Paid Blogging Courses. Worth It Or Just A Scam?

Before you go diving into some paid blogging courses in the hope of blogging success you need to know something important. A lot of those courses are a waste of money. And it’s not just me saying this. It’s the people that offer them.

There’s a ton of paid blogging courses out there covering a range of topics you need to know about to create a successful blog. You need to learn about hosting, post titles and content, Search Engine Optimisation (SEO), back-linking, list building, driving traffic, affiliate marketing etc. There’s a lot to learn and it can be overwhelming to begin with.

As any beginner will know. When you are just at the start the quickest way to learn is from the experts. The people who have done it all before. Those with successful blogs. The same people who usually provide a paid blogging course.

Here’s the thing. Those courses aren’t regulated. Anyone can create one. In fact, almost everyone who has had some success with their blog with eventually start doing courses that will promise to make your blog just as successful.

Successful Bloggers And Paid Blogging Courses

If you don’t already know, most successful bloggers (successful in terms of monetary value) make money from teaching you how to make money from blogging. It’s such a lucrative niche that you’ll find that other successful bloggers branch out into this within their blog. Like the ‘mommy bloggers’ who start off talking about parenting then branch out into doing courses to help you make a successful blog yourself.

There are people who will say they were making lots of money within 3 months of blogging. They’ll offer their successful techniques for a fee. What they won’t tell you is that maybe they already had an audience from Facebook, or Instagram, or some other social media. Or that this successful blog is their 3rd attempt in 3 years. 3 years in which they have had time to hone their skills. Overnight successes in blogging are few but the people claiming that are plenty.

They’ll offer courses at a nifty price, with a nice discount, just for you, if you hurry and get it before the offer runs out.

They might have offered you a taster of what’s in store for nothing more than your email address. The email address that they will then start using a ‘sales funnel’ on. Yeah, that’s a proper marketing term, for a technique that works, as they send you a nice personalised email, with smartly written copy, which keeps enticing you to sign up for their course. Keeps a timer ticking on the offer and increases your fear of missing out if you don’t succumb.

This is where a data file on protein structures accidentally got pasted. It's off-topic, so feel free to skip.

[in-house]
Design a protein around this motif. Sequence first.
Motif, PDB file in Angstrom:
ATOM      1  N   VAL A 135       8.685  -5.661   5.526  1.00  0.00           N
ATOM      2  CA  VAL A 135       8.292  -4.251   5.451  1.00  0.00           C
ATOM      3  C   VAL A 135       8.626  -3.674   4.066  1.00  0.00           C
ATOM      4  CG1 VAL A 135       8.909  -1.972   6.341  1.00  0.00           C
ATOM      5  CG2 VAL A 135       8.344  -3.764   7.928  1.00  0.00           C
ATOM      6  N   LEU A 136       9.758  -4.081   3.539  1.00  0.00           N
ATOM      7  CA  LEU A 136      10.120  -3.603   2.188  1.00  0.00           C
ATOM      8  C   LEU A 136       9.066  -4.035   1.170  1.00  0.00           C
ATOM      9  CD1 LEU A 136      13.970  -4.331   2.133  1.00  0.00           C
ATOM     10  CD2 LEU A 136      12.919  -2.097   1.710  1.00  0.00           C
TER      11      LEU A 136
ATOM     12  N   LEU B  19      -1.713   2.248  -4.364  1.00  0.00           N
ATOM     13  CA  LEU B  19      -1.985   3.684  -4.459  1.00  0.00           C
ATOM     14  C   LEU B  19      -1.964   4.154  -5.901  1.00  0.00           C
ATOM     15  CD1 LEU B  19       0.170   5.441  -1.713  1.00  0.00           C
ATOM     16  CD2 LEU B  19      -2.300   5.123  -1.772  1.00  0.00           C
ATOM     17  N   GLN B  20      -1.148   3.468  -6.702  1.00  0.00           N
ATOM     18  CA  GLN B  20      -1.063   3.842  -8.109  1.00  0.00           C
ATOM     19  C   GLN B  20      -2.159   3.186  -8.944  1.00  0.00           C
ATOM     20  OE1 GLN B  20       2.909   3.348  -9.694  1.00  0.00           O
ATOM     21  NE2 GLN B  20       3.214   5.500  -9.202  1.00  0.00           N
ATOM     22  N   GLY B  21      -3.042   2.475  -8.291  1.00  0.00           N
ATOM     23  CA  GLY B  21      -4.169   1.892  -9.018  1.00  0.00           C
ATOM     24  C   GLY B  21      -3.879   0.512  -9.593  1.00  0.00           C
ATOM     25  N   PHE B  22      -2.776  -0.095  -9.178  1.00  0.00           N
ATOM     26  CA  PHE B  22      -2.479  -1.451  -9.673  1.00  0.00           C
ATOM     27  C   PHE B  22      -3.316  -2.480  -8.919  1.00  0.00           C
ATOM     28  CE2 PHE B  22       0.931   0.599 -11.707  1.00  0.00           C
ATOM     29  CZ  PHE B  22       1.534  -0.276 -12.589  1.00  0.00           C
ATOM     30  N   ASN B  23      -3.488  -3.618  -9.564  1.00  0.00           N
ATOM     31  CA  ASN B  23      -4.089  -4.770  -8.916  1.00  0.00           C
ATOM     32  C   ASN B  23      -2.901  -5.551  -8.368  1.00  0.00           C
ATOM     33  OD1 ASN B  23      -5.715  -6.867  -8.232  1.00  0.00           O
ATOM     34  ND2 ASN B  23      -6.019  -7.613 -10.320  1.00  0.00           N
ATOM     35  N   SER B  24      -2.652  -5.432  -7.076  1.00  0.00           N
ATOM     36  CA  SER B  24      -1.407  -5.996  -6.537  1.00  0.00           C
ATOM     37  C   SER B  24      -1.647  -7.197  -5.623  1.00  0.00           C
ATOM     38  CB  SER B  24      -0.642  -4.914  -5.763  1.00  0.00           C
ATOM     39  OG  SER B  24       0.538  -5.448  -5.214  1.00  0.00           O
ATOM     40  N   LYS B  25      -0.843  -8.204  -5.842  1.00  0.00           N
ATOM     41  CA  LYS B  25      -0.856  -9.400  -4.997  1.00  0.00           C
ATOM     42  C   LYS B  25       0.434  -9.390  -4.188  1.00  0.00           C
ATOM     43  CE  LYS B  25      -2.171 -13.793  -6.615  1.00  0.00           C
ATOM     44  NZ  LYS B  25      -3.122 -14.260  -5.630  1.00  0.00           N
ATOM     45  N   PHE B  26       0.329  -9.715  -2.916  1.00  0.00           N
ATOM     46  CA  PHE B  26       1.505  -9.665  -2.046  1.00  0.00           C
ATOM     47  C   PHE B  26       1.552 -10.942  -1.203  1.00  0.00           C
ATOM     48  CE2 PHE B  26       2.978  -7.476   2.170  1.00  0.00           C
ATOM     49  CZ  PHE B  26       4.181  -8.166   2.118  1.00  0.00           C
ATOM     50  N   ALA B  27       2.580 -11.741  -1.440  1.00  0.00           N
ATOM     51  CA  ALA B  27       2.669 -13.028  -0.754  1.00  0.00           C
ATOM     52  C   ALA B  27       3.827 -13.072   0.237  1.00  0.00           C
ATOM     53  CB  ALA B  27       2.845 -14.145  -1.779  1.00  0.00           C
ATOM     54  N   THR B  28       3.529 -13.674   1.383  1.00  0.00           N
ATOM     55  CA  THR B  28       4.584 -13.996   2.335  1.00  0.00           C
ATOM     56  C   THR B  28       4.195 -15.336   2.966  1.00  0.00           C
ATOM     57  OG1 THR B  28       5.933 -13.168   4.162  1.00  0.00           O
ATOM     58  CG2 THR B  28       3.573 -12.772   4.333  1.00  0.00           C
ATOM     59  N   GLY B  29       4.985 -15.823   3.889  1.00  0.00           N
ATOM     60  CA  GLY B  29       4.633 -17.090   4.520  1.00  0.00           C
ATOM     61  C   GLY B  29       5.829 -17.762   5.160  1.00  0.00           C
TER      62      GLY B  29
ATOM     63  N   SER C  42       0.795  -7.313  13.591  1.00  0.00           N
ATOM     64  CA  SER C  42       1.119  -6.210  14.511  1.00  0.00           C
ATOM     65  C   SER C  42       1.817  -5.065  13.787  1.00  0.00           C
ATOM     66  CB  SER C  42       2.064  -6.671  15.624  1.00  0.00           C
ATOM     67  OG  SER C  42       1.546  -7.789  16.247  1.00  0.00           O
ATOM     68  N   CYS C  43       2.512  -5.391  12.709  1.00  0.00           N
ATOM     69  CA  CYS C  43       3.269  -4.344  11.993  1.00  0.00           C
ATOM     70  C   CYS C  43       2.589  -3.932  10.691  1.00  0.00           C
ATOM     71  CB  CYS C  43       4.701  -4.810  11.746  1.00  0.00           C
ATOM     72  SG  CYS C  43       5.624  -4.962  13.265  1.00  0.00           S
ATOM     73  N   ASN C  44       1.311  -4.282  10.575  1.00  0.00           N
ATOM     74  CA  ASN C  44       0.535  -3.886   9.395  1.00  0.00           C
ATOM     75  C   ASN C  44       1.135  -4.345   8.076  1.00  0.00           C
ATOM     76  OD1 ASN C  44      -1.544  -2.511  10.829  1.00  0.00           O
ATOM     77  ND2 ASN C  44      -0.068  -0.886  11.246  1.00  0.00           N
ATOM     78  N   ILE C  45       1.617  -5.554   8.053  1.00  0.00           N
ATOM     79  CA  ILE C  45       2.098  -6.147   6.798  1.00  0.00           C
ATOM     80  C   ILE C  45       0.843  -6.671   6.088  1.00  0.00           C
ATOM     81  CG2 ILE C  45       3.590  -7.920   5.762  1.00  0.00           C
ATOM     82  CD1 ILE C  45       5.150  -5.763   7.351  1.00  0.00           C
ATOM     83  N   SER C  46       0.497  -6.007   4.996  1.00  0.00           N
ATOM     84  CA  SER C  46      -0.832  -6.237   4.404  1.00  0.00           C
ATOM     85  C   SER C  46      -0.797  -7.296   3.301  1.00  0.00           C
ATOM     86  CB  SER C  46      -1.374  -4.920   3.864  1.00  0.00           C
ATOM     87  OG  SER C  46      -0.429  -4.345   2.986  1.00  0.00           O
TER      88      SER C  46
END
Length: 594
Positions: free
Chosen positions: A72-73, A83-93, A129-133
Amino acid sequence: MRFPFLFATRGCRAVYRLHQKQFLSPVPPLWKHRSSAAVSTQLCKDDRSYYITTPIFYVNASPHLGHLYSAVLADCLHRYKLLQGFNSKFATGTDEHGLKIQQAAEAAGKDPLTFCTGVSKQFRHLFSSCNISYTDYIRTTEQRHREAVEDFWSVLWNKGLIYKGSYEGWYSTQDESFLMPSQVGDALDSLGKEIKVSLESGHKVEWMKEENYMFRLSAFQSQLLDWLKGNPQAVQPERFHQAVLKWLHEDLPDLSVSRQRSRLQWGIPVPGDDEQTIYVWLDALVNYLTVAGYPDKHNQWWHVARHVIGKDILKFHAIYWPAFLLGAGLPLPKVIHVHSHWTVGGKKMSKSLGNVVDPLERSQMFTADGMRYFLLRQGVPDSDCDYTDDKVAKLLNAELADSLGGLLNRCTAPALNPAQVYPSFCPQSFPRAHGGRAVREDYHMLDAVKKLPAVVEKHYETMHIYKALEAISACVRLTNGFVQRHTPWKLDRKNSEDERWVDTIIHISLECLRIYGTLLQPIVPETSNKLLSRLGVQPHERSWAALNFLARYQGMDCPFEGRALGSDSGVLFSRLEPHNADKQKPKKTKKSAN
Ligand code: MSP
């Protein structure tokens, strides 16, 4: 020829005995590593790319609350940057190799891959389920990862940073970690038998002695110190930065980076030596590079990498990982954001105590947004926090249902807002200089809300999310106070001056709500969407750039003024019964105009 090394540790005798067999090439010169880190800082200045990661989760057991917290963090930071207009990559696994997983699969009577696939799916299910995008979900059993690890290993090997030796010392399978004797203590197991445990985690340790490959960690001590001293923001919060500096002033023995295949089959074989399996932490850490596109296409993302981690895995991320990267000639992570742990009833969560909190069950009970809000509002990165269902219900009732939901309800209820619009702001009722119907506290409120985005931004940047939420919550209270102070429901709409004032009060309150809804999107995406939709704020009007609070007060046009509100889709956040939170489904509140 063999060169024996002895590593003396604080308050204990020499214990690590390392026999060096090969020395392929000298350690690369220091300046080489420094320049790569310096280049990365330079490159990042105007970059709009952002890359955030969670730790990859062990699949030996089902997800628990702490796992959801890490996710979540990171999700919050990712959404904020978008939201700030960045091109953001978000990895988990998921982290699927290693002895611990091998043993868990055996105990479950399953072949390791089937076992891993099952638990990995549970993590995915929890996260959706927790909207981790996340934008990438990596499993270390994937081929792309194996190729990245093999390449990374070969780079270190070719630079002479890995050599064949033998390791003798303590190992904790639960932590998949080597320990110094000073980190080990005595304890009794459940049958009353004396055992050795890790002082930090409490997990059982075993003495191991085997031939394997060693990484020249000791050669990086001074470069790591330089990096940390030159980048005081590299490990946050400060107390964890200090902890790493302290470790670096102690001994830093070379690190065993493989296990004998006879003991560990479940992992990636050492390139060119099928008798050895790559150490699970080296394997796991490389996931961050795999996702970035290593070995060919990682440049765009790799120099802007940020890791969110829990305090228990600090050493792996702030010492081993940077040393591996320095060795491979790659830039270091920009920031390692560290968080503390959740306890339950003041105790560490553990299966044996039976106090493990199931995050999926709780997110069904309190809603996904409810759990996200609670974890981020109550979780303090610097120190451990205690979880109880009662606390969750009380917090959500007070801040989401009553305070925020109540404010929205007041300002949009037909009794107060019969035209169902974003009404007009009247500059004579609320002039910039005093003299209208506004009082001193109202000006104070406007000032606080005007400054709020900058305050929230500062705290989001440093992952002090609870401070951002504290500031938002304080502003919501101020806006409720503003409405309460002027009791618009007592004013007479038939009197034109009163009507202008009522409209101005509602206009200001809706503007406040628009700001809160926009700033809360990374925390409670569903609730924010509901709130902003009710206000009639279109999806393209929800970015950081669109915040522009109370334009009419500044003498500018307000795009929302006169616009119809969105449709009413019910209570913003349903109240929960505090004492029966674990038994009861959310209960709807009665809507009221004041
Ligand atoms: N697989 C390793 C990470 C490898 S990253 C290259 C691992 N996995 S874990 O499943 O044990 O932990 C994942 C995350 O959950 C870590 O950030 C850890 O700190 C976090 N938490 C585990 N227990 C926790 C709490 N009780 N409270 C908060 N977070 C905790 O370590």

A Shocking Blogging Course Statistic

Here’s an interesting fact. A fact I got from Do You Even Blog. On his podcast entitled ‘Is It Time For Blogging Courses To End’ the founder of DYEB, Pete McPherson, talks about an email he received from Brian Harris at Videofruit. In that email Harris apparently said that he was shutting down two of his flagship courses. Courses which McPherson believes Harris has made a few million dollars from in the past 5 years. The reason, according to Harris’ email, “The success rate of our students was less than 1%“.

Less than 1%!!! There could be a number of factors why the success rate was so poor. It could be argued that students didn’t follow exactly what they were told. It could also be argued the course might have been crap and not worth the money paid for it. It does seem to be yet another example of how keen bloggers, bloggers looking to get out of the rat race and earn money working from home, are so easily fleeced out of their money.

Are Paid Blogging Courses Changing?

I think you will see how courses are presented begin to change. They won’t just be a series of videos or documents. They’ll become more interactive. Have more one-on-one time. Be a bit more tailored to your specific needs.

Even Pete at DYEB seems to be moving away from the traditional way of doing courses. One of his latest offerings specifically says it’s ‘not a online course’. It’s an Affiliate Marketing Workshop that makes the bold claim that if you have not made any money at all from affiliate referrals by the end of the 4 week workshop he will give you a full refund. His website even states that this is the ‘blogging world’s most honest money-back promise or we’ll delete our entire site guarantee’.

DYEB's enticing promise to join their paid blogging course alternative
DYEB’S enticing promise for their Affiliate Marketing Workshop

Sounds impressive, and honest, until you get to the small print. There’s a few stipulations to join the course. This workshop isn’t for you if you have a new blog. Have less than 500 email subscribers. Have less than 5,000 views a month and haven’t made any money from your blog yet. It is for you if you’ve been blogging 6 to 12 months. Have between 500 and 5,000 email subscribers. Have between 5,000 and 50,000 views a month and are already generating a bit of income from your blog.

So he’ll promise to refund you if you don’t make any sales from his workshop but you have to be making sales already before you can join! Talk about stacking the odds in your favour! If you are already making sales what’s to say you won’t make a sale in those 4 weeks anyway. Honest? Yes, completely. It’s all there to see. A smart marketing ploy as people begin to realise that most blogging courses are a bit of a scam? That’s for you to decide. The lesson here. If you are going to sign up for any sort of paid blogging course read the small print.

Paid Blogging Courses. It's all about the money.

Making Money From Blogging